Simple Chart of Accounts

As an example of a chart of accounts, consider the following:

40Accounts Receivable* (Not Cashbook)
50Accounts Payable* (Not Cashbook)
60GST Collected*
70GST Paid*
80Fixed Assets
90Profit & Loss*

This is about as simple as you can get — MoneyWorks requires the presence of accounts marked with *. If you use this you will be able to determine your profitability, do your GST, and (if you are using MoneyWorks Express of Gold) know how much you are owed and how much you owe.

However for most businesses it would be inadequate because all the income and expenses are lumped together, so you can’t see how it was derived. It would be more sensible to look at the type of income and expenses that is important to the business and have codes for these. Thus instead of a single expense code we might have:

20Salaries & Wages
21Office Expenses
22Vehicle Expenses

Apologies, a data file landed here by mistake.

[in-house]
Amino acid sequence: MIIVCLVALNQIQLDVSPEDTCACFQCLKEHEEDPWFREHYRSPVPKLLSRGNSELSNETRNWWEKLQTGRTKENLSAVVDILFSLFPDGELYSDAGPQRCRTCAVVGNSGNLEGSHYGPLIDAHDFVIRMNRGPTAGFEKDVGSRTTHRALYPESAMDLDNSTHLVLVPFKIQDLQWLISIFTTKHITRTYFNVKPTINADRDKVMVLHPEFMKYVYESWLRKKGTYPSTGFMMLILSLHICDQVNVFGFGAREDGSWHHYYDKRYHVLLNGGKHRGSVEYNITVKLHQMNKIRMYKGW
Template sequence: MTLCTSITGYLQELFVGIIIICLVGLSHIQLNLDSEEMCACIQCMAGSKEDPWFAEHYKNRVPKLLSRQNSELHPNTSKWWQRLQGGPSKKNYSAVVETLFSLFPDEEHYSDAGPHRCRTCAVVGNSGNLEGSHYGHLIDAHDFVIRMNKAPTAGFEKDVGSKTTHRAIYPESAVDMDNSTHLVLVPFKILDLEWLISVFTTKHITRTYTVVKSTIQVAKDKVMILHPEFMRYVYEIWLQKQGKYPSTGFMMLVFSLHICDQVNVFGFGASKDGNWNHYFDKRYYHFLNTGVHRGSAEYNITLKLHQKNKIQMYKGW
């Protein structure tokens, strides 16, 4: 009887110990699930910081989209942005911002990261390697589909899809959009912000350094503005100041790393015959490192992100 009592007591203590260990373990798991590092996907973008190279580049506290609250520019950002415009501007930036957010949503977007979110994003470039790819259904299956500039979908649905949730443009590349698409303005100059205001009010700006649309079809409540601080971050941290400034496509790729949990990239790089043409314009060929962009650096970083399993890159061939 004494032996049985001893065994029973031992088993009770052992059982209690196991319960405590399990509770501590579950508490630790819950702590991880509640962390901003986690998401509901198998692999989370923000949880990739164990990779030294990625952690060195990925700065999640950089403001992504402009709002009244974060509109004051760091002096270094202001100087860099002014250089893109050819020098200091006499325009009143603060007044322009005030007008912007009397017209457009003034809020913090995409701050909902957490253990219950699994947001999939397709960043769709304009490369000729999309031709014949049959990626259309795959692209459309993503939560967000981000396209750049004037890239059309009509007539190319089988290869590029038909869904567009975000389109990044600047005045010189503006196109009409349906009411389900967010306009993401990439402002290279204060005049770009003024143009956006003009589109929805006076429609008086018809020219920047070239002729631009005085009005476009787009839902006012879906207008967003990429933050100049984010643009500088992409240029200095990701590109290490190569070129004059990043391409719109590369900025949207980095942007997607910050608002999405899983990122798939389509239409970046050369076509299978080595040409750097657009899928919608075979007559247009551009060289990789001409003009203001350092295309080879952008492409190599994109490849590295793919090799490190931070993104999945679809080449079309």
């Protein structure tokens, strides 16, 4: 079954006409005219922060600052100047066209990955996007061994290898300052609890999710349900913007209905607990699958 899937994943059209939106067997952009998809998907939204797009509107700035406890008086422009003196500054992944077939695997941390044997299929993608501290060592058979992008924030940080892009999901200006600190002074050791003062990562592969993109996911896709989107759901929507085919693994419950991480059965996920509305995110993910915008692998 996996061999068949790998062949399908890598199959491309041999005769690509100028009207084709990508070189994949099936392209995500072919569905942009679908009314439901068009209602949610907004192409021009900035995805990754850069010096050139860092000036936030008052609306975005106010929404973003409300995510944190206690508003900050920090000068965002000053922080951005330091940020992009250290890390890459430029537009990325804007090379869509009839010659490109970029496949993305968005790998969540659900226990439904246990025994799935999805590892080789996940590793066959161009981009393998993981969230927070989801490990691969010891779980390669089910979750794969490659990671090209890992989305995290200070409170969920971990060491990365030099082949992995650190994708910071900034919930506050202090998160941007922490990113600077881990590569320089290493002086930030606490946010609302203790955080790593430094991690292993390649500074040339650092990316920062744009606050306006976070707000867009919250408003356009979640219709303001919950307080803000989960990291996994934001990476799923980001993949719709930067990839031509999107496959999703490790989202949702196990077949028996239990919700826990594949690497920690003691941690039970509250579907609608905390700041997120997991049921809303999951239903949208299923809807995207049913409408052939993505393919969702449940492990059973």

23Other Expenses

We can then see at a glance how much was paid out in wages, or how much it cost to run the office. But again there is not much level of detail — for example, we can’t determine how much the telephones cost to run, or how much was spent on stationery. This may not be a problem, as we may never be interested in this information. However if we were, we would need to go to a finer level of detail.

It is possible of course to go too far and make things too complicated. If you find that you are agonising over whether an expense should be put under the “Pencils Expenses” code or the “Pens Expenses” code, then you probably have too many codes.